Dan Foster, Vice President and Principal Coach at Building Champions, shares three mistakes he made on his journey to becoming a coaching leader.
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If you missed last week’s video, watch Dan Foster’s Journey to Becoming a Coaching Leader.
Hey friends, Dan Foster here with Building Champions. You know, I recently shared my journey to becoming a coaching leader with you. But what I didn’t share were a few of the big mistakes, I made along the way.
Today I want to take some time to just share a few of these with you in hopes that you can avoid the same mistakes on your journey.
The first big mistake I made was around sharing my vision for becoming a coaching leader and building a coaching culture with my team. It’s not that I didn’t share my vision. I actually did a big meeting with a cool presentation and lots of food. The mistake I made was not following-up after that initial vision share and communicating my vision on a consistent basis with my team. You know, the vision we have for our team, our culture, our organization – they don’t get communicated by default. It happens by design. I made the mistake of thinking if I shared my vision once everyone would understand it and want to come along beside me.
As leaders though, we have to share our vision for becoming a coaching leader and building a coaching culture every single week. We have to come up with different ways of sharing key aspects of the vision that people feel like they can belong to. So as a leader share your vision with your team – a lot. Just when you think you’ve shared it way too much – share it one more time.
The other big mistake that I made was not keeping my 1:1 coaching appointments with my direct reports sacred. While I was becoming a coaching leader I still had a job that I needed to do. I was training and recruiting top talent. I had a budget that I was managing and I had to attend to the normal day-to-day operations of my business. There were times when I got so busy I decided to reschedule 1:1’s at the last minute or move them so that I could have extra time to work on my projects.
What I didn’t realize is what this was communicating to my team. I was essentially telling them that their 1:1 with me was only going to happen if it was convenient for me. So here I was asking them to be committed to the process, to come prepared with plans and action items completed, but yet I was willing to reschedule whenever I got busy. Just not cool.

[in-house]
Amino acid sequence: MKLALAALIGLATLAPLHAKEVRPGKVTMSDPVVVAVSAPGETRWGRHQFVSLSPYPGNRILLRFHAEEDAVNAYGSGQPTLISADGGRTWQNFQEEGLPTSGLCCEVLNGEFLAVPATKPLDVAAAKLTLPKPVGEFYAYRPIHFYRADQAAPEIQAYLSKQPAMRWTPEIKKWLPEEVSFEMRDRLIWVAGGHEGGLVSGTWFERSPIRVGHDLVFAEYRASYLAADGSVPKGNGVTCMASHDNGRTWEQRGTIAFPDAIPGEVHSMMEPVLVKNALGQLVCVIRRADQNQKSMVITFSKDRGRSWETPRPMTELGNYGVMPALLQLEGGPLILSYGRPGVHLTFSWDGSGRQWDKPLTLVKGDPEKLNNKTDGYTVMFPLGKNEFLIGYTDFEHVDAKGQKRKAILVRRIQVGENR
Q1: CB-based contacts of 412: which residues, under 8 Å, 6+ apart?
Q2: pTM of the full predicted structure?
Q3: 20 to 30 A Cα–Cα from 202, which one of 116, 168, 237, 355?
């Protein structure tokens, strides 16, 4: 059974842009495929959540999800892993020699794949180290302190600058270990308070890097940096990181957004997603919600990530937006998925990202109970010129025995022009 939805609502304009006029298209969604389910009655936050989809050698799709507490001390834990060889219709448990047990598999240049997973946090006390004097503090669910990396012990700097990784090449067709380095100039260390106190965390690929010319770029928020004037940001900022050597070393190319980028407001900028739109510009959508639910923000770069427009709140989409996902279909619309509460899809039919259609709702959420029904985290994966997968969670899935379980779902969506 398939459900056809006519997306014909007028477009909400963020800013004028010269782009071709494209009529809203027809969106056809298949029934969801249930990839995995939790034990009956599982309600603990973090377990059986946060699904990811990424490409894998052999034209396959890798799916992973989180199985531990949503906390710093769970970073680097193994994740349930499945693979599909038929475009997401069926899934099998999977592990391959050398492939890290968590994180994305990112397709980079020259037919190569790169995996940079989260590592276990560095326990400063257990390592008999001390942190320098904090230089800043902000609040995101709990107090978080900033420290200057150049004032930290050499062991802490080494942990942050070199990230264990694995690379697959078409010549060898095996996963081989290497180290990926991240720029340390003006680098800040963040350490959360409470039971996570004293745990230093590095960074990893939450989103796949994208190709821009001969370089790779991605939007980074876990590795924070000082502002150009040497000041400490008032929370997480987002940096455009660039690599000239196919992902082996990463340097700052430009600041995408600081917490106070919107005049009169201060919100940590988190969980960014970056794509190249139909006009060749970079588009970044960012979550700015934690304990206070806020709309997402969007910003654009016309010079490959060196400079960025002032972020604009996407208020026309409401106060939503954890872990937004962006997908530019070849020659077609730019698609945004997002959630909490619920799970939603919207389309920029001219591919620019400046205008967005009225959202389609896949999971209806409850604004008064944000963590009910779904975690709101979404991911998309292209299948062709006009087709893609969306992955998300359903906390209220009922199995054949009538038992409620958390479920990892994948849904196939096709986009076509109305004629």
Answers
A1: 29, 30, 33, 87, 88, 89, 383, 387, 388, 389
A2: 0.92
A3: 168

So the final mistake that I want to share with you that I made in my journey to becoming a coaching leader was believing that I could be prepared for coaching sessions by reviewing my previous session notes just a few minutes before I went into that coaching session. As a coaching leader, you need to take time to review your previous session notes with your direct reports if you’re going to be talking with them the next day.
This gives you time to reflect on where your direct report is at in their development journey and formulate questions that you know will be meaningful and are going to help them to see what might be possible for them. Jumping into a coaching session with your direct reports with no prep work or only giving yourself maybe five minutes in advance is easily spotted by your direct reports. They know when you’re prepared and they know when you’re not.
So these are the three mistakes I made and I hope that you don’t.
Remember to share your vision consistently, keep your coaching sessions with your direct reports sacred, and always come prepared to help them to become the best versions of themselves. I hope learning about these mistakes helps you to avoid them. The journey to becoming a coaching leader is a marathon. It’s not a sprint.
So keep pressing forward and learn from your mistakes, extend yourself grace, and keep leading with purpose and intentionality. If we can help you, please let us know.
Thanks and have a great day.